US, five other nations want to link South & Central Asia
The United States and five Central Asian countries have pledged to work together to “build economic and trade ties that would connect Central Asia to markets in South Asia and Europe.”
In a joint statement issued in Washington this week, they also expressed strong support for efforts to peacefully resolve the situation in Afghanistan which, the Americans believe, would create opportunities for the economic integration of South and Central Asian regions.
The New York Times reported on Sunday that Iran and China also have drafted a joint plan to integrate the two regions. They are creating “a sweeping economic and security partnership that would clear the way for billions of dollars of Chinese investments in Iran,” the report added.
The Times, which has obtained a copy of the deal, reported that the Chinese investment in Iran would total $400 billion over 25 years.
The deal would “undercut the Trump administration’s efforts to isolate the Iranian government” and “would vastly expand” China’s presence in the region, the report added. The two countries would jointly build a network of telecommunications, ports, railways and roads that would enhance China’s access to markets in the Middle East and Europe.
Diplomatic observers in Washington say that both the United States and China see huge economic prospects in the South and Central Asian regions and want to have a controlling share in the trade routes that their integration may open.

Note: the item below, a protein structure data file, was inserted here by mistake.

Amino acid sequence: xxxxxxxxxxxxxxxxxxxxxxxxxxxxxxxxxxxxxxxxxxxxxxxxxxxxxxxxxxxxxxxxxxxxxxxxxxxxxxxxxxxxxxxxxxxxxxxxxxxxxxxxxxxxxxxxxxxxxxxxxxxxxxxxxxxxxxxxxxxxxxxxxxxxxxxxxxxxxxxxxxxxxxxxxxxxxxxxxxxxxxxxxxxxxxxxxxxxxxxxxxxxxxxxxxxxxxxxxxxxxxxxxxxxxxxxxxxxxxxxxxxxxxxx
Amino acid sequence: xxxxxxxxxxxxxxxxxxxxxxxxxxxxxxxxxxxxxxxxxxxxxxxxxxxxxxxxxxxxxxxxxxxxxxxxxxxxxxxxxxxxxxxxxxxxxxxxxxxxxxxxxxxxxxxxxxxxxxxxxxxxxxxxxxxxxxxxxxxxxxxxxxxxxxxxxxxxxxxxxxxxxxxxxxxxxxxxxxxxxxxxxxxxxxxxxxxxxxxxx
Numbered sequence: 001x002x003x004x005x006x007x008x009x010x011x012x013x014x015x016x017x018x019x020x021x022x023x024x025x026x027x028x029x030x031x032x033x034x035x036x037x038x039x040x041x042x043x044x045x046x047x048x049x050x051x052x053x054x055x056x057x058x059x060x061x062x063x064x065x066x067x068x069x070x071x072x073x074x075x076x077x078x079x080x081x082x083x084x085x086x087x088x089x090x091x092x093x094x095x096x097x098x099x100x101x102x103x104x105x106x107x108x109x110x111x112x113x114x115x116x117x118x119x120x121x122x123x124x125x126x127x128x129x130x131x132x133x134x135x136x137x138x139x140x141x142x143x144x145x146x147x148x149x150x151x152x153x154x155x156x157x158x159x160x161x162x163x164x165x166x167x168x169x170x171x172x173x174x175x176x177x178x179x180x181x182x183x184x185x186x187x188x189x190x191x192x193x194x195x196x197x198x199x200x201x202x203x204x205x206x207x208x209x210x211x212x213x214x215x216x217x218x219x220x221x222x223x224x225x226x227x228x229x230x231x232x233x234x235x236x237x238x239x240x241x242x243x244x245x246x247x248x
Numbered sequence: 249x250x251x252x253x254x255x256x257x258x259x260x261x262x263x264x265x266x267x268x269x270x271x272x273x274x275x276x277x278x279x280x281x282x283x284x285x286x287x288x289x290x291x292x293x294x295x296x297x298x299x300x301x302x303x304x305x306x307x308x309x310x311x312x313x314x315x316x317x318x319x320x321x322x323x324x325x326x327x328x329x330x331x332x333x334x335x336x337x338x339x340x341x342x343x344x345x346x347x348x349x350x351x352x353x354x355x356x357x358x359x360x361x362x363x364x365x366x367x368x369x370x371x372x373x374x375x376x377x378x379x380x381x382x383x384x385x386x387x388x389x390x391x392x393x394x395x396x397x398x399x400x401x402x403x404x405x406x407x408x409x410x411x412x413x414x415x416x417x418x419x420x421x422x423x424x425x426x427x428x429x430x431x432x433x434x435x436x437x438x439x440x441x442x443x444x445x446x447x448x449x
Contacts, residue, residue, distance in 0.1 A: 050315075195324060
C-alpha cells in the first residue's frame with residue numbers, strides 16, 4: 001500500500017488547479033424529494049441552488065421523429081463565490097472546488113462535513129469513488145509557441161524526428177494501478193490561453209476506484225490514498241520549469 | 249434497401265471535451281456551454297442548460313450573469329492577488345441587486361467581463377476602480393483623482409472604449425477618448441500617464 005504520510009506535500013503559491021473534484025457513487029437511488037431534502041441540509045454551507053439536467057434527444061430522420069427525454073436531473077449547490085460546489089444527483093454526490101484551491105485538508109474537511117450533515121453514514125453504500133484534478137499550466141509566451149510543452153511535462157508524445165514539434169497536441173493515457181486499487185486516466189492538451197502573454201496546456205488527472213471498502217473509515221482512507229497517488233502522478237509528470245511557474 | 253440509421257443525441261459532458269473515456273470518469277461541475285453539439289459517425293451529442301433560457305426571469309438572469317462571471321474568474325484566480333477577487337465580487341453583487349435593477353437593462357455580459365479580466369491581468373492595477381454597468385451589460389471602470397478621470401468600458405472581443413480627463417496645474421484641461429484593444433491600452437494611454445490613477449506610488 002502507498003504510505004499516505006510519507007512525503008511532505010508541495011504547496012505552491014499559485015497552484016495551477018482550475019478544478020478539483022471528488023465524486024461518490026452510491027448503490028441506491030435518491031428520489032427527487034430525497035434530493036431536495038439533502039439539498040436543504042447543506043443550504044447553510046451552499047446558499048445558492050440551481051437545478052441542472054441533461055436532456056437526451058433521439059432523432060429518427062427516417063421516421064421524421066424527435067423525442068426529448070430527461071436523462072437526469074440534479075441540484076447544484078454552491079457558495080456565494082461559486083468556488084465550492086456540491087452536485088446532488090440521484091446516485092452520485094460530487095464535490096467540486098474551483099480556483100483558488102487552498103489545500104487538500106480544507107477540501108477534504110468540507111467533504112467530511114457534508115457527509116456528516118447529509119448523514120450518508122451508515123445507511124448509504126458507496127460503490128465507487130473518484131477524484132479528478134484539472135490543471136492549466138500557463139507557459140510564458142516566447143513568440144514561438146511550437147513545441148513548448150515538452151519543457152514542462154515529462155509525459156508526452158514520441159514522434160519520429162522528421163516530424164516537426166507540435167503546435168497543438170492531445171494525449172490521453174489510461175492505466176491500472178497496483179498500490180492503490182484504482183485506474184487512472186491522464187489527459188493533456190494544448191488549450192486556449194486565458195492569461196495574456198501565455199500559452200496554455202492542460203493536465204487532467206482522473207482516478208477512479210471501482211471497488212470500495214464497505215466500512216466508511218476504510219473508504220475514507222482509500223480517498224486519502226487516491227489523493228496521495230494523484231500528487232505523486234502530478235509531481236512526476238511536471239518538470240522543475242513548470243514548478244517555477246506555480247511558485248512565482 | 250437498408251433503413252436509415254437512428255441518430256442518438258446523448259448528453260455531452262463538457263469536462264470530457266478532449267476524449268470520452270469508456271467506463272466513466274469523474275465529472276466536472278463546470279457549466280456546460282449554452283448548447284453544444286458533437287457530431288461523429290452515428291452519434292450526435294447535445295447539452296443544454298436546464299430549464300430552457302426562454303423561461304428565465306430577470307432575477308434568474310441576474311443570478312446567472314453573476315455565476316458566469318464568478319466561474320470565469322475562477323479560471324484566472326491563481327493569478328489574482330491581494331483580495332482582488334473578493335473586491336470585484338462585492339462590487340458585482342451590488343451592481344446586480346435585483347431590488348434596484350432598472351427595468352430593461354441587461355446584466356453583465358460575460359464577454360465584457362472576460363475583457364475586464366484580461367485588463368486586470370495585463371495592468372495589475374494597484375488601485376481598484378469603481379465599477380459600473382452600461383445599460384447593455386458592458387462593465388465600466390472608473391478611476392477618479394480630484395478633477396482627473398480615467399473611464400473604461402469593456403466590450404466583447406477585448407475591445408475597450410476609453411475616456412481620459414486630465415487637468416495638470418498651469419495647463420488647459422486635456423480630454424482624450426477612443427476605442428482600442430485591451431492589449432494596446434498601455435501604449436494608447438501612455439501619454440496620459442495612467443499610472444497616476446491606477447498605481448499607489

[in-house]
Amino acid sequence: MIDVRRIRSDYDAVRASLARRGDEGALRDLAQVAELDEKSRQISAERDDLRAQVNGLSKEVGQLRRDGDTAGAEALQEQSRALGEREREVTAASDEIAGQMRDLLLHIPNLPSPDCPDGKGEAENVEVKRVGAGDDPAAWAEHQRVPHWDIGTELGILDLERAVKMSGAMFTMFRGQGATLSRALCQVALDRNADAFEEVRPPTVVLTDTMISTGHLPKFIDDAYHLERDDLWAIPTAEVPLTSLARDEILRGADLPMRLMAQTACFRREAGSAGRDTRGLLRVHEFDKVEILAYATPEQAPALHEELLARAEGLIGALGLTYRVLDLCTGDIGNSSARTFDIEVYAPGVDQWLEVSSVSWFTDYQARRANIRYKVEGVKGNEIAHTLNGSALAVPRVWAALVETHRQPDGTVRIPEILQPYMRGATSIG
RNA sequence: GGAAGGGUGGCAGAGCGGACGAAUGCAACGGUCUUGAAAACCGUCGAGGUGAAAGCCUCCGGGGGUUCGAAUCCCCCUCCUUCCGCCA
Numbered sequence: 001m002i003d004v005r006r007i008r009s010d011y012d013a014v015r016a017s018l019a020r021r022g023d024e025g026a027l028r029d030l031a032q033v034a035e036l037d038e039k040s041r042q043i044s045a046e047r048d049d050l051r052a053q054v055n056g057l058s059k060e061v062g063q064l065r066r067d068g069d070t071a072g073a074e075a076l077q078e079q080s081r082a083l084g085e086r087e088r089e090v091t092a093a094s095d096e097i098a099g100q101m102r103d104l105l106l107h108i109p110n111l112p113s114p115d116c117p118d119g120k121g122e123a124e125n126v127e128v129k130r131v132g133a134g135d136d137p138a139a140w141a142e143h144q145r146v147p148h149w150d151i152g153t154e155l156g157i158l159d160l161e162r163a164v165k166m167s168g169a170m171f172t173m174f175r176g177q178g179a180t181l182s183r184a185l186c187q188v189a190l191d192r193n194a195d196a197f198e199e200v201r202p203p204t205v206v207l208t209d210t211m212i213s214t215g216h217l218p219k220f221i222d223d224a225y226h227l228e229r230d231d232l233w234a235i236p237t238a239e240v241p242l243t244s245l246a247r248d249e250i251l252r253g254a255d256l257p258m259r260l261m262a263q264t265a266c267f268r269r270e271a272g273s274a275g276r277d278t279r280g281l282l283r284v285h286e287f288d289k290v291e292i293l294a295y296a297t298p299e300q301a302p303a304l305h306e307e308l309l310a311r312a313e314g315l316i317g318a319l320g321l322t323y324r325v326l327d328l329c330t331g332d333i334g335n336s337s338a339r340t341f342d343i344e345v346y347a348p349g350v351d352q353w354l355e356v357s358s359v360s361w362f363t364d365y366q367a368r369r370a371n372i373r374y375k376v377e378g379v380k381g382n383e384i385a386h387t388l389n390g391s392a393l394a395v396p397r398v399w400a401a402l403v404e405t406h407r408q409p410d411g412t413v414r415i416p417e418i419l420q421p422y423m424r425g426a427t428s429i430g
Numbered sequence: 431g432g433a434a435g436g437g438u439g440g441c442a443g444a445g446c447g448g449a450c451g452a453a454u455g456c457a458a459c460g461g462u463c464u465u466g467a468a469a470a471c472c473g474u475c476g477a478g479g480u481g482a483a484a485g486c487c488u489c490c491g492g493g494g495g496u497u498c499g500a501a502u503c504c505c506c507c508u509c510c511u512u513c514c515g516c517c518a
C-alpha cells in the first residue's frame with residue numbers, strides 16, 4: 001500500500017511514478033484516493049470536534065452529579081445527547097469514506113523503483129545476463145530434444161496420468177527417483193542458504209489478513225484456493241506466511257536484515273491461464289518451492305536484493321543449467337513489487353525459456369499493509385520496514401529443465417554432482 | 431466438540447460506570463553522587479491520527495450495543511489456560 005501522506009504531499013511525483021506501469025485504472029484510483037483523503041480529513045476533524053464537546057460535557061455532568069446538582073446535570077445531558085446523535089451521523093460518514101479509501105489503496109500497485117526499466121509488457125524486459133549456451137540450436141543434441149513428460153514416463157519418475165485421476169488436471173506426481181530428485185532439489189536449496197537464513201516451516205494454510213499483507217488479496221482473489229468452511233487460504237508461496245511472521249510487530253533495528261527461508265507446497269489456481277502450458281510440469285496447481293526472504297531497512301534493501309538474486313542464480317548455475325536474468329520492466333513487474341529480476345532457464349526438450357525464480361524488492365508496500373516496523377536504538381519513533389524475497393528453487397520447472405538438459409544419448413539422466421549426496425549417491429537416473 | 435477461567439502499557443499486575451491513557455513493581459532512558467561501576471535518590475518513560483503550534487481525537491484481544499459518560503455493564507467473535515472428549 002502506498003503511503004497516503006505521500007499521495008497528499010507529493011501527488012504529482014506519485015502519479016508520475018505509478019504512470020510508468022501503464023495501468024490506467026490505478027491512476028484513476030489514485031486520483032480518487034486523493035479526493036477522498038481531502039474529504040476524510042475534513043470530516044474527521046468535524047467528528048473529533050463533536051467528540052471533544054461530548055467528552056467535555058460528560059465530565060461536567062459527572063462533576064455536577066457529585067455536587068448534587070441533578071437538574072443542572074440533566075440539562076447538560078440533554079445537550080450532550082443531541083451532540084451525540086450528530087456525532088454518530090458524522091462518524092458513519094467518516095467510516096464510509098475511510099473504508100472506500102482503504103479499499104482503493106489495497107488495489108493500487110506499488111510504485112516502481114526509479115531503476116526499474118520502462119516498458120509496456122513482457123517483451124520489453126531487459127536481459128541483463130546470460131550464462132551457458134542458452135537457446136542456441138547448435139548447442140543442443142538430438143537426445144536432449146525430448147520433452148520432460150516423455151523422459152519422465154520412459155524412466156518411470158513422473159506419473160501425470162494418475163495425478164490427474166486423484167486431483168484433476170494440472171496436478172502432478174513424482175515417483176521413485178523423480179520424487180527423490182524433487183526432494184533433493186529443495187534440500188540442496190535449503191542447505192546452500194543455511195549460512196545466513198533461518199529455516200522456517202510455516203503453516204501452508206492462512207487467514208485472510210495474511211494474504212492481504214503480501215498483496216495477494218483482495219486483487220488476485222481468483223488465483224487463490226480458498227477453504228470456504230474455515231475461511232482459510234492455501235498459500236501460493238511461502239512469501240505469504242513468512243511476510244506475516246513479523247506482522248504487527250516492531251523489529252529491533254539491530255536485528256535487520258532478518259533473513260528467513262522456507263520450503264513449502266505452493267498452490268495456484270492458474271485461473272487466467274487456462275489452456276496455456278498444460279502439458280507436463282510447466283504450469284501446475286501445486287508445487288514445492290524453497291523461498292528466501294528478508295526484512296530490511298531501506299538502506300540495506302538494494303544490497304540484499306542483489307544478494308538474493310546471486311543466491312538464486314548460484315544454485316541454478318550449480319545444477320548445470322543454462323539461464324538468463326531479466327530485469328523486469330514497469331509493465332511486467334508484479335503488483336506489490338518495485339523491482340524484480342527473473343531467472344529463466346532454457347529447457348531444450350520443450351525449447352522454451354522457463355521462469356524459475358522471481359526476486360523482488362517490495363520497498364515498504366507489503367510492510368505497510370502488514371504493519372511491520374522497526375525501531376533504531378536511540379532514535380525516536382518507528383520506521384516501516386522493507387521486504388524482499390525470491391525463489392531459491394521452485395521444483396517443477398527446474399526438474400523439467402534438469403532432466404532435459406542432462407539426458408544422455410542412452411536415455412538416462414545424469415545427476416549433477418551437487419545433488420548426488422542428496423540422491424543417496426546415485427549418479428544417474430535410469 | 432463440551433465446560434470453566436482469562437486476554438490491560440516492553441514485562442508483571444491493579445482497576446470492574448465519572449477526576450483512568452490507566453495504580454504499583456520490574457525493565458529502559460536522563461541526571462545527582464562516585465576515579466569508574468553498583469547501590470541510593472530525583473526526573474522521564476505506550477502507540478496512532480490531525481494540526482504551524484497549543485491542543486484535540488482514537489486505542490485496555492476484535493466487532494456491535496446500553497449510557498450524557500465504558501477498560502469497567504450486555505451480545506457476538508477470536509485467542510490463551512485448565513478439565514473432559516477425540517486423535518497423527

At the inaugural meeting of a trilateral forum in late May, the United States, Afghanistan, and Uzbekistan also reviewed projects that could bring prosperity to the entire region by linking South and Central Asia.
A joint statement issued after their meeting, underlined the need to build railway links between Central Asia and Pakistan and a gas pipeline that goes all the way to India via Pakistan.
Observers in Washington warned that efforts to build two parallel trade routes will increase pressure on Pakistan to choose one. They argued that China would want Pakistan to join its economic pact with Iran while the Americans would like Islamabad to back their efforts to connect South and Central Asia.
To promote its plans for the two regions, Washington has created a group called C5+1, which includes the United States, Kazakhstan, the Kyrgyz Republic, Tajikistan, Turkmenistan, and Uzbekistan.
They also have formed a working group to consider cooperation opportunities in developing the transit potential of Afghanistan, including exploring opportunities for funding from international financial institutions of large projects.
The participants discussed various options to “build economic resilience and further strengthen security and stability” in Central Asia and the wider region.
The US Development Finance Corporation, the US Export-Import Bank, and the Department of Commerce’s International Trade Administration will provide financial assistance for projects in the region.
The C5+1 Security Working Group will “promote secure and effective borders” as well, to allow free flow of goods and to prevent the trafficking of persons and illicit goods, nuclear and radiological safety. The group would also increase regional cooperation on border security.
The Security Working Group will discuss countering violent extremism, combatting online recruitment activities by terrorist networks, and holding joint and regional counter-terrorism training.